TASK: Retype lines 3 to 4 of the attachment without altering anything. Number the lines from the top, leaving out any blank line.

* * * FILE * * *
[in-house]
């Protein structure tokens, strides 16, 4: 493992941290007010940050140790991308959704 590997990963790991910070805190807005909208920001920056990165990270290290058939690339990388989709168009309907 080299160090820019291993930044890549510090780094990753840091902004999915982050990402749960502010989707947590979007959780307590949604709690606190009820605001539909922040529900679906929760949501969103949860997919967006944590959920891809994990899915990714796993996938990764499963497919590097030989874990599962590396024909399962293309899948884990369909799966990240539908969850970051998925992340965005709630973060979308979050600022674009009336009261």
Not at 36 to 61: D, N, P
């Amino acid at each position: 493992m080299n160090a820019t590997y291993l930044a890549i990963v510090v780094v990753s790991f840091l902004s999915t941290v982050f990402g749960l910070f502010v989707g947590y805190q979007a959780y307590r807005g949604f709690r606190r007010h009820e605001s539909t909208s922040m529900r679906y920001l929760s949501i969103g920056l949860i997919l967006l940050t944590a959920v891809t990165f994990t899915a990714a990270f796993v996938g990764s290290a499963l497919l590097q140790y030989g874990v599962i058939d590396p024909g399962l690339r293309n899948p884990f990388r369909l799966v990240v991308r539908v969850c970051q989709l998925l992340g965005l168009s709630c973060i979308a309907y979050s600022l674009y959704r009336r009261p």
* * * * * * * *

Not at 36 to 61: D, N, P
């Amino acid at each position: 493992m080299n160090a820019t590997y291993l930044a890549i990963v510090v780094v990753s790991f840091l902004s999915t941290v982050f990402g749960l910070f502010v989707g947590y805190q979007a959780y307590r807005g949604f709690r606190r007010h009820e605001s539909t909208s922040m529900r679906y920001l929760s949501i969103g920056l949860i997919l967006l940050t944590a959920v891809t990165f994990t899915a990714a990270f796993v996938g990764s290290a499963l497919l590097q140790y030989g874990v599962i058939d590396p024909g399962l690339r293309n899948p884990f990388r369909l799966v990240v991308r539908v969850c970051q989709l998925l992340g965005l168009s709630c973060i979308a309907y979050s600022l674009y959704r009336r009261p």